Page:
Alexander Calder: A Circus Of Form And Movement At Tate Modern
Walking into the Tate Modern’s latest exhibition dedicated to the kinetic sculptures of the American giant Alexander Calder, one can’t help being struck by the playfulness of the works. The wire portraits of his artist friends such as Joan Miro and Fernand Leger project shadows on the white walls. His critics have accurately described these transparent circus imageries of horses, elephants and acrobats as ‘drawing in space’ while the light plays tricks with shadows, forms and movement. It is this playfulness that continues throughout the exhibition.
This is the UK’s largest ever exhibition of works by this American giant. Calder (1898-1976) is best known for his ‘mobiles’ (as named by Marcel Duchamp), ‘stabiles’ and as the pioneer of kinetic sculpture playing an essential role in 20th century modernism. The exhibition traces his development from wire sculptures through framed pieces with moving parts to his abstract mobiles.
The exhibition is a calming atmosphere with a gentle transition through the phases of his development to the largest room that houses his mobiles. These are suspended from the ceiling and set against white walls, mingling with the light-wells above and windows beyond. The mobiles command a contemplative effect. They are hypnotic as you watch them gently drift, changing direction and shape as they move. The irony being that you need to be able to watch them in silence and calm to experience this meditative state, yet their movement depends on the room being full of people and the warmth generated by their body heat.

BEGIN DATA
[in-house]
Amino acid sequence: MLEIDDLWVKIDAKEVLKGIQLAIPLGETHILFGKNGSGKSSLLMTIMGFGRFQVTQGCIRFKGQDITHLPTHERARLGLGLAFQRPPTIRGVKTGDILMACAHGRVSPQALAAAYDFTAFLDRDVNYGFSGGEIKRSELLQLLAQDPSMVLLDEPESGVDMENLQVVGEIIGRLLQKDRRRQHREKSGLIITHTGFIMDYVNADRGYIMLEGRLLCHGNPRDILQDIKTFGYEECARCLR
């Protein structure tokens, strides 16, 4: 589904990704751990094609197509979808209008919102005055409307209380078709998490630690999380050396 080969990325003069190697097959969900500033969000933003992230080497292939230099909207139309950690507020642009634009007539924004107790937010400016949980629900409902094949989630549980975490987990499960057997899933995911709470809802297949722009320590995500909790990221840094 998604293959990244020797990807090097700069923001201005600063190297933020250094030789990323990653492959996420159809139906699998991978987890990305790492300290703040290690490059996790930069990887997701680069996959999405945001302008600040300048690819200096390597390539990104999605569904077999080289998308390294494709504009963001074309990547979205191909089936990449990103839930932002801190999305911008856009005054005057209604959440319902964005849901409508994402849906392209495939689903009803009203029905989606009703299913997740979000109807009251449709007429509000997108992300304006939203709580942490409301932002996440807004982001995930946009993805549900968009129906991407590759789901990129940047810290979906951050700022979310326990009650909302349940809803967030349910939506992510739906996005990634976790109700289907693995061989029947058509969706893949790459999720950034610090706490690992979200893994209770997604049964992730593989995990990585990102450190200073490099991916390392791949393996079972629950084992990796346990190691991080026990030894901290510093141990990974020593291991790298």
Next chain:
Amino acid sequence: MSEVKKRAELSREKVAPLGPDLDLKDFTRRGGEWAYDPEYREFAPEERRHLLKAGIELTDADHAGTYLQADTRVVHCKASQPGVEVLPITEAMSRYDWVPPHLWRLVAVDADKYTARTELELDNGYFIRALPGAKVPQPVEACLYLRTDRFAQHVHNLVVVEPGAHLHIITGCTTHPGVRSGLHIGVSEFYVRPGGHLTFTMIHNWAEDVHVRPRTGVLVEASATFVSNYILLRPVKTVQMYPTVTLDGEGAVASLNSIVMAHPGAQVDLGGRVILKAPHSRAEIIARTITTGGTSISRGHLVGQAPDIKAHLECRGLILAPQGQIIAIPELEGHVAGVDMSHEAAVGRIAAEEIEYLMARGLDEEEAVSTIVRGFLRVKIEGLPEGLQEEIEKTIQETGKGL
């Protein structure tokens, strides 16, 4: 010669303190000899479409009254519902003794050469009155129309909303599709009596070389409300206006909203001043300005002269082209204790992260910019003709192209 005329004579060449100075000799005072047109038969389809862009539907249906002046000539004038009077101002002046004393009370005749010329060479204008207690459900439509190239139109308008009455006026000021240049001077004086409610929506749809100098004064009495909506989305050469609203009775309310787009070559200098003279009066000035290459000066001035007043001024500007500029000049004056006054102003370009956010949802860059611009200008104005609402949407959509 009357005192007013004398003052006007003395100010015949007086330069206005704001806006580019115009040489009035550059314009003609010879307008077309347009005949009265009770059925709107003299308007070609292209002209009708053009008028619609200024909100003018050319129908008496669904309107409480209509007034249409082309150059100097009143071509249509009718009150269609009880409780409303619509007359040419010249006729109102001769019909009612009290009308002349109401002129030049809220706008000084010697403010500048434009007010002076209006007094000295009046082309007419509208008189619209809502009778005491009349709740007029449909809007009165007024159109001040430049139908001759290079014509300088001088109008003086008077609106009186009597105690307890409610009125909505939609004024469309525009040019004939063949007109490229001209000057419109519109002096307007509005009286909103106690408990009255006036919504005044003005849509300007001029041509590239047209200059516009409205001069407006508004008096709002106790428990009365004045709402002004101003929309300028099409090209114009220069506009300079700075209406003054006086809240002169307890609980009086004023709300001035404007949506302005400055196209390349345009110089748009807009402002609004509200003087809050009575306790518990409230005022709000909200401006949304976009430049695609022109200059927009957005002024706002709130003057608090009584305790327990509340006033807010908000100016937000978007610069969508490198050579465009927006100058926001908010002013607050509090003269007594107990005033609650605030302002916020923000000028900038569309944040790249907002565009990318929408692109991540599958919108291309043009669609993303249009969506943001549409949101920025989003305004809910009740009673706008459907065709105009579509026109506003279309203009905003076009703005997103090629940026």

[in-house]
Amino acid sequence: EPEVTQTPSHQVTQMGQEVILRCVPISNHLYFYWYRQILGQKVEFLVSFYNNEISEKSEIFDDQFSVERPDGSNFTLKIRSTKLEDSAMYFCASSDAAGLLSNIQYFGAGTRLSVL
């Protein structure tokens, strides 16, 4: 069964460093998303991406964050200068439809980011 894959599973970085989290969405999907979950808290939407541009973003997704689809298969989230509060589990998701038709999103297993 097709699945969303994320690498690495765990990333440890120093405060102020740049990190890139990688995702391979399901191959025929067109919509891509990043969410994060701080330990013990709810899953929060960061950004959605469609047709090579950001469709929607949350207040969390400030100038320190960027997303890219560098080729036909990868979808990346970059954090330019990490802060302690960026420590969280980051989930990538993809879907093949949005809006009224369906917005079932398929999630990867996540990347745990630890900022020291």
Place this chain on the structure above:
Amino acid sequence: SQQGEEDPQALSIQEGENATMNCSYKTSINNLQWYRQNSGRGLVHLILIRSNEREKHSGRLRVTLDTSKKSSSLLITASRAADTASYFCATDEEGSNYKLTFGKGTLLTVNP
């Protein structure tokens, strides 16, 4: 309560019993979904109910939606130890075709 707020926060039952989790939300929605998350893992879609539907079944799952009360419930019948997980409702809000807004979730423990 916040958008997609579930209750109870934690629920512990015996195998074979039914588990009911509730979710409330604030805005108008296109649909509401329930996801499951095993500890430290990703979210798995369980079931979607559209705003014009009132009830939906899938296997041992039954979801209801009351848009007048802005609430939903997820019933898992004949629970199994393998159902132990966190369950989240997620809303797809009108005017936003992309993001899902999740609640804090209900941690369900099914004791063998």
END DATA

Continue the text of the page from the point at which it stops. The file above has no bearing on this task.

A particular favourite of mine is Snow Flurry I 1948, a series of different sized, circular white discs delicately hanging from twig like wire branches, casting shadows against the window blinds and slowly turning with the heat and movement from the room. Another, Vertical Foliage 1941 consists of assorted sized black-painted boomerang shapes whose skeletal leaves change shape as the light changes and casts ominous shadows on the wall. All around this room the mobiles gently sway playfully in the atmosphere.
The final room is dedicated to a single mobile Black Widow 1948, originally donated by the artist to the Institute of Architects of Brazil in Sao Paolo and loaned abroad for the first time for this exhibition. It exemplifies how Calder’s works define an architectural space rather than simply occupying it.
Calder also experimented with sound. A number of his mobiles incorporated gongs of different pitches while regular spaced beaters produce a series of musical notes. To coincide with the exhibition, Calder’s sculpture Chef d’orchestre 1966 has been installed in the Turbine Hall and will be brought to life by musicians in a series of evening performances. It was created for composer Earle Brown’s Calder Piece 1963-66 in which the movement of the mobile determines the sequence and speed of the music being played by four percussionists.
Words/Photos: Sara Faith © Artlyst 2015